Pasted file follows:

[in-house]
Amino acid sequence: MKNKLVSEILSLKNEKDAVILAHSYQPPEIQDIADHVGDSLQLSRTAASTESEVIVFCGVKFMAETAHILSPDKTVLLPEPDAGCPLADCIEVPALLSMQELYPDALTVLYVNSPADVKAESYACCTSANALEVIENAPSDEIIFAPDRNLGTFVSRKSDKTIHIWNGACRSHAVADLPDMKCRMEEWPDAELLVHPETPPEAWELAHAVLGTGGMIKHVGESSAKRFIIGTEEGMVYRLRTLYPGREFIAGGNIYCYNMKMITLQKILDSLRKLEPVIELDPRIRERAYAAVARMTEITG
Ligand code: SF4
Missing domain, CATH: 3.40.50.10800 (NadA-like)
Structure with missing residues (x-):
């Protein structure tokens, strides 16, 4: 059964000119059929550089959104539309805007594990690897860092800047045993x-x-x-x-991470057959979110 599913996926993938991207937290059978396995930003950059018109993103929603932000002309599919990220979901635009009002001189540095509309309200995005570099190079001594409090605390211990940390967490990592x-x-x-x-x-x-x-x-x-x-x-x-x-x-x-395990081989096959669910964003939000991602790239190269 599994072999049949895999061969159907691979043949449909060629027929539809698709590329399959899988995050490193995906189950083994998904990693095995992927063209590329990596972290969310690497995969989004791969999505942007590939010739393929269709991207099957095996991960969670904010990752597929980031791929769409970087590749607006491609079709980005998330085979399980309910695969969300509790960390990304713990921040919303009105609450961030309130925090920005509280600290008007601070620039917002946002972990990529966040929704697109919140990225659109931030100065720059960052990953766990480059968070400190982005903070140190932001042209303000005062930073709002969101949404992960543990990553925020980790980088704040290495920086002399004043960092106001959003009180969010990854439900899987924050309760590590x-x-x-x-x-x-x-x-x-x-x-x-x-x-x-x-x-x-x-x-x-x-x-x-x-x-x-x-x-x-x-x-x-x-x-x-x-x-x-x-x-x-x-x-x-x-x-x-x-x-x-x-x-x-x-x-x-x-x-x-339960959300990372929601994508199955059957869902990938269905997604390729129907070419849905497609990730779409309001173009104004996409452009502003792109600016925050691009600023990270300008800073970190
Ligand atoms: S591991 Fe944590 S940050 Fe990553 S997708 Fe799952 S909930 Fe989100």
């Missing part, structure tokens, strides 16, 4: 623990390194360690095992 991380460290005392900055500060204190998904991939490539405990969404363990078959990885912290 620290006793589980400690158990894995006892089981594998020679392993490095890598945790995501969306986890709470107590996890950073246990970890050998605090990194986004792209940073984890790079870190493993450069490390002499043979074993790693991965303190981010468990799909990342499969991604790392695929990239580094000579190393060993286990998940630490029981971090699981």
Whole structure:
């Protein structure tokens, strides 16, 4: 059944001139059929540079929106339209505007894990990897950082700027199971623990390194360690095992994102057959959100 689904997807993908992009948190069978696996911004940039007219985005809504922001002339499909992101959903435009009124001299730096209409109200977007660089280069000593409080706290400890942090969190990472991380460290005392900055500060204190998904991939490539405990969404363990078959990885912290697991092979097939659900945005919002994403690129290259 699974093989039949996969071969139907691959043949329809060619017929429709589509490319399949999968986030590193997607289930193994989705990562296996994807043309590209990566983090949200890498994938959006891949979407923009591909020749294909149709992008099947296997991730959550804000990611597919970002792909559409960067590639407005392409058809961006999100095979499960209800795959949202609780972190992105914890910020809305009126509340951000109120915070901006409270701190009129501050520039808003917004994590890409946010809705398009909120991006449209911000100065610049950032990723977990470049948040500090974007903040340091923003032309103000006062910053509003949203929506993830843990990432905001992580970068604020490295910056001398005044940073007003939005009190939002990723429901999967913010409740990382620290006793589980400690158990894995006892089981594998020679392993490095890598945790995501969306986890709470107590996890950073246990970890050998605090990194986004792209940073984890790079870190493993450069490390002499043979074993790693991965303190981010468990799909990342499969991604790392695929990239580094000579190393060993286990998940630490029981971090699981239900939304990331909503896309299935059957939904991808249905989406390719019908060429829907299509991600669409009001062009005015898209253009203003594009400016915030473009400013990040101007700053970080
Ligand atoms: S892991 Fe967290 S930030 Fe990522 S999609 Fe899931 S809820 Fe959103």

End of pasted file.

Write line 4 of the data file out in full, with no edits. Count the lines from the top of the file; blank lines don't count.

Missing domain, CATH: 3.40.50.10800 (NadA-like)